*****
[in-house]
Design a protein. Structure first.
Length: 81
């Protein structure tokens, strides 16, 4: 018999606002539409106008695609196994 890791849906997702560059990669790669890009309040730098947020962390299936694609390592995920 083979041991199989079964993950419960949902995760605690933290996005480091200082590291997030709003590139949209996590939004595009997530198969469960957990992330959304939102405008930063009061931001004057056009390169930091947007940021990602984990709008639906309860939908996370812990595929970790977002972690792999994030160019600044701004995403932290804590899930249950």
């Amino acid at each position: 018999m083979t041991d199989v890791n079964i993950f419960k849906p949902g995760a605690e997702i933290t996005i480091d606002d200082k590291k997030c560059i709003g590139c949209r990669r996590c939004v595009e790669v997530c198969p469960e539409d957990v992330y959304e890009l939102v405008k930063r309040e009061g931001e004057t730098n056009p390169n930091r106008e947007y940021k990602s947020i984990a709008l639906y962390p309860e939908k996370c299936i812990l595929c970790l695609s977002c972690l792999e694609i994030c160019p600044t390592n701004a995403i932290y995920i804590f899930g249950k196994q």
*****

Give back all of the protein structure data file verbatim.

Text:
[in-house]
Design a protein. Structure first.
Length: 81
């Protein structure tokens, strides 16, 4: 018999606002539409106008695609196994 890791849906997702560059990669790669890009309040730098947020962390299936694609390592995920 083979041991199989079964993950419960949902995760605690933290996005480091200082590291997030709003590139949209996590939004595009997530198969469960957990992330959304939102405008930063009061931001004057056009390169930091947007940021990602984990709008639906309860939908996370812990595929970790977002972690792999994030160019600044701004995403932290804590899930249950």
């Amino acid at each position: 018999m083979t041991d199989v890791n079964i993950f419960k849906p949902g995760a605690e997702i933290t996005i480091d606002d200082k590291k997030c560059i709003g590139c949209r990669r996590c939004v595009e790669v997530c198969p469960e539409d957990v992330y959304e890009l939102v405008k930063r309040e009061g931001e004057t730098n056009p390169n930091r106008e947007y940021k990602s947020i984990a709008l639906y962390p309860e939908k996370c299936i812990l595929c970790l695609s977002c972690l792999e694609i994030c160019p600044t390592n701004a995403i932290y995920i804590f899930g249950k196994q």